Spring flood almost overwhelmed Kelowna's storm sewers

Rotary Beach in Kelowna.

KELOWNA - Last spring’s flood waters were so high, the city had to pump water out of storm sewers to keep them from overflowing.

Utility services manager Kevin Van Vliet says the record high waters forced the city to rent a half a dozen large pumps and install them at points along the Kelowna waterfront and at the same time, close off some of the large storm water discharge pipes downtown and in the Mission.

“We created a kind of dyke in our system near the lake and pumped water over it,” Van Vliet says.

While it may seem counterintuitive to close off the sewers and pump the water back into Okanagan Lake, Van Vliet says water would have quickly backed up into the discharge pipes, rendering them useless as drains.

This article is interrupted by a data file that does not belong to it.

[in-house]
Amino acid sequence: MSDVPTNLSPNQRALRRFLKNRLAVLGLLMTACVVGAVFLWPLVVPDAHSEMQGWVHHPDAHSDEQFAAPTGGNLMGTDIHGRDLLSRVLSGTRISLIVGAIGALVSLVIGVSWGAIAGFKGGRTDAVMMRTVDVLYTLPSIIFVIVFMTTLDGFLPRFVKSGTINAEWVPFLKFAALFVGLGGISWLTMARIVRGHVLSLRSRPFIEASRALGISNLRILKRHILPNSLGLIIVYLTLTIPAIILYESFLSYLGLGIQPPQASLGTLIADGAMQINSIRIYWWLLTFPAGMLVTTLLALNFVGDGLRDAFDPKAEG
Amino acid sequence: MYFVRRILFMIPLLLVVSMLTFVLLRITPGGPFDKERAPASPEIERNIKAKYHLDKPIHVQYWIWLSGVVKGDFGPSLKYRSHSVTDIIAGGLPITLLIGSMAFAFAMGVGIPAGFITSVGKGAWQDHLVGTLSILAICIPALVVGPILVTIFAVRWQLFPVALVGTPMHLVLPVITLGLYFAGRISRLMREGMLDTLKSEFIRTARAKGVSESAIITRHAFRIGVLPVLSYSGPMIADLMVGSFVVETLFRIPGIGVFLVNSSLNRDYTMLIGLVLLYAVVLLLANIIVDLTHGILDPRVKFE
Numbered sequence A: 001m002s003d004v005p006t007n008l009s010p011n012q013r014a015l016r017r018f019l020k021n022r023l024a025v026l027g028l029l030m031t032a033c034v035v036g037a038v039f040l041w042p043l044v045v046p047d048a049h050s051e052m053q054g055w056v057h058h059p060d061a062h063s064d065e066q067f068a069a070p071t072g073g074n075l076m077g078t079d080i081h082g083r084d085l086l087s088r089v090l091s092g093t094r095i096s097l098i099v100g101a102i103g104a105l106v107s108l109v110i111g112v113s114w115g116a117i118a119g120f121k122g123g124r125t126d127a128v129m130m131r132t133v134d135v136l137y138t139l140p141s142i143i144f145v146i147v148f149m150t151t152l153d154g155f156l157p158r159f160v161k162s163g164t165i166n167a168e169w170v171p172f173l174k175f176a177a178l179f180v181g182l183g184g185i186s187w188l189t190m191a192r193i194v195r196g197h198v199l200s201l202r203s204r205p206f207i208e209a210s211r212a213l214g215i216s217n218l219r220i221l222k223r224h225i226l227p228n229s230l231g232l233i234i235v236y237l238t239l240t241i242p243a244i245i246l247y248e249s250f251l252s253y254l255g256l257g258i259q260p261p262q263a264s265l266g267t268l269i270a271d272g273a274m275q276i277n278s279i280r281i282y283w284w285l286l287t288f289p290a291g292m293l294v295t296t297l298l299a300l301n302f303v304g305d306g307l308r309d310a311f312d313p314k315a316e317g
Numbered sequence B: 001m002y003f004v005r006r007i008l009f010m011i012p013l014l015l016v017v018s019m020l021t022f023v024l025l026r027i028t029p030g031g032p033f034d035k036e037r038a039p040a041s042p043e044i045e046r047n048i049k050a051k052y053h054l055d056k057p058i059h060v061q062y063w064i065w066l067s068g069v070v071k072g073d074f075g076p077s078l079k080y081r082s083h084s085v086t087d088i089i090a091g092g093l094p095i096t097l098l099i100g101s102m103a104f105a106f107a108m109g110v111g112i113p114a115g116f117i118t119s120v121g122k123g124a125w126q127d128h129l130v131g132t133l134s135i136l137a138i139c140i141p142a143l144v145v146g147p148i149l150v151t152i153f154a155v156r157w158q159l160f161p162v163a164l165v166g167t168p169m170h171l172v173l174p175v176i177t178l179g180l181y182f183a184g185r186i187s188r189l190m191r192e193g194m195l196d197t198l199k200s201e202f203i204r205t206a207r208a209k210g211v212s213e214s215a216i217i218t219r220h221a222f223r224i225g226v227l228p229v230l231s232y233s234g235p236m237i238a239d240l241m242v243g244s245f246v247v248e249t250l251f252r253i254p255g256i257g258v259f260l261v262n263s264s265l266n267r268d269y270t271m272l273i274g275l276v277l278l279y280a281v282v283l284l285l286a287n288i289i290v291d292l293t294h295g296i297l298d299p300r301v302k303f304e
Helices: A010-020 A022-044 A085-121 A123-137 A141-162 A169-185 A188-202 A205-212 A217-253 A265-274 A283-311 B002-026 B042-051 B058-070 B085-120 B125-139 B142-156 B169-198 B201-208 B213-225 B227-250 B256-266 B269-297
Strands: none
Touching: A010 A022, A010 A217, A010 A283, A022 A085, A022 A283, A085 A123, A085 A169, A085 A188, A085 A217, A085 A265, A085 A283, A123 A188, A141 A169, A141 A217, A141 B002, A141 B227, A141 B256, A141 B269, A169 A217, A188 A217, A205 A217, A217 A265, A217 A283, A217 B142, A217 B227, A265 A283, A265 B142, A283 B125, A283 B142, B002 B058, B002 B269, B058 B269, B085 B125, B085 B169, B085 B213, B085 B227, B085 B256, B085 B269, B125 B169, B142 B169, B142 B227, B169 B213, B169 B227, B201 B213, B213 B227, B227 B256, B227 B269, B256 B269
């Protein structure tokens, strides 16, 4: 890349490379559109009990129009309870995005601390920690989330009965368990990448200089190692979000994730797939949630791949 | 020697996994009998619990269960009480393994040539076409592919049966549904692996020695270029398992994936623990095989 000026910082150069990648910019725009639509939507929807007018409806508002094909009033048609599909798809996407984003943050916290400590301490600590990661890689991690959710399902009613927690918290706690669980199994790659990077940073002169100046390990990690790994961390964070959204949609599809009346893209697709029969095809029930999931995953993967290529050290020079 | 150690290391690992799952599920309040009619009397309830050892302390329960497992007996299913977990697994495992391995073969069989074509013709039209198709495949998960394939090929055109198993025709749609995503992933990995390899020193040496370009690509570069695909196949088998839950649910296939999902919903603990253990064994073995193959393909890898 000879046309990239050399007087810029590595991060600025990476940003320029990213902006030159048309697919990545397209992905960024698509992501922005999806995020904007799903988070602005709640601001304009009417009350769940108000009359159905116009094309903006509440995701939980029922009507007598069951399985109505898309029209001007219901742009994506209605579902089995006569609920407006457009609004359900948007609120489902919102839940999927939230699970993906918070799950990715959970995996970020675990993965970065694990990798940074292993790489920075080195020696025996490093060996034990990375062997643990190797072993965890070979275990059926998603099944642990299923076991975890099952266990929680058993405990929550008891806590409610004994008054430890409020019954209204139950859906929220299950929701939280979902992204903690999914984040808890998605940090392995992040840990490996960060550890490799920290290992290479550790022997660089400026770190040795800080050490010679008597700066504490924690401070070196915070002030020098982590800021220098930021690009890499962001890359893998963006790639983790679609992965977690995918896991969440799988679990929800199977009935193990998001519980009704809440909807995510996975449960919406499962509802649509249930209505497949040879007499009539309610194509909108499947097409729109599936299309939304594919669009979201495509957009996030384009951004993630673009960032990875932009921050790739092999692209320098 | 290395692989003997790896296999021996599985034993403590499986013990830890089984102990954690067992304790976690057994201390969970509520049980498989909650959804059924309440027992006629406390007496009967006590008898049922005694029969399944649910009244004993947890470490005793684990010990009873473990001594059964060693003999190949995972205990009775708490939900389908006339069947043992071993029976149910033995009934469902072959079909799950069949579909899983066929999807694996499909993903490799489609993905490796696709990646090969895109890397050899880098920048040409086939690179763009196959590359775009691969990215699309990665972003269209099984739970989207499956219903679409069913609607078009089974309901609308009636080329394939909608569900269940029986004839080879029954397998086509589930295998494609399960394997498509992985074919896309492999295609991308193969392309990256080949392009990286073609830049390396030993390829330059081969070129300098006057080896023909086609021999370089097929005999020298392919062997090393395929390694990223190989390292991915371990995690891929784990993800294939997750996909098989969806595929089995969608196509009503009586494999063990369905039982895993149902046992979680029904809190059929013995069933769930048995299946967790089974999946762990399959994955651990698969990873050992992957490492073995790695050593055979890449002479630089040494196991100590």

Besides the high water table, Van Vliet says local residents pumping water out of their basements and crawlspaces also helped push the storm water system beyond capacity.

While the spring 2017 flood has been described as a one-in-two-hundred year event, Van Vliet says the city has used industrial-scale pumps before during high-water events, most often at a location near the Delta Grand Hotel.

While permanent pumps are not on the radar, Van Vliet says his department is considering a 2018 budget request for equipment to make it easier and quicker to shut off the discharge pipes and install the pumps when needed.

The spring flood saw Okanagan Lake reach an unprecedented 342.25 centimetres above sea level. City officials have estimated damaged to civic infrastructure at almost $9 million although disaster relief funding from the B.C. government will cover about 60 per cent of that amount.


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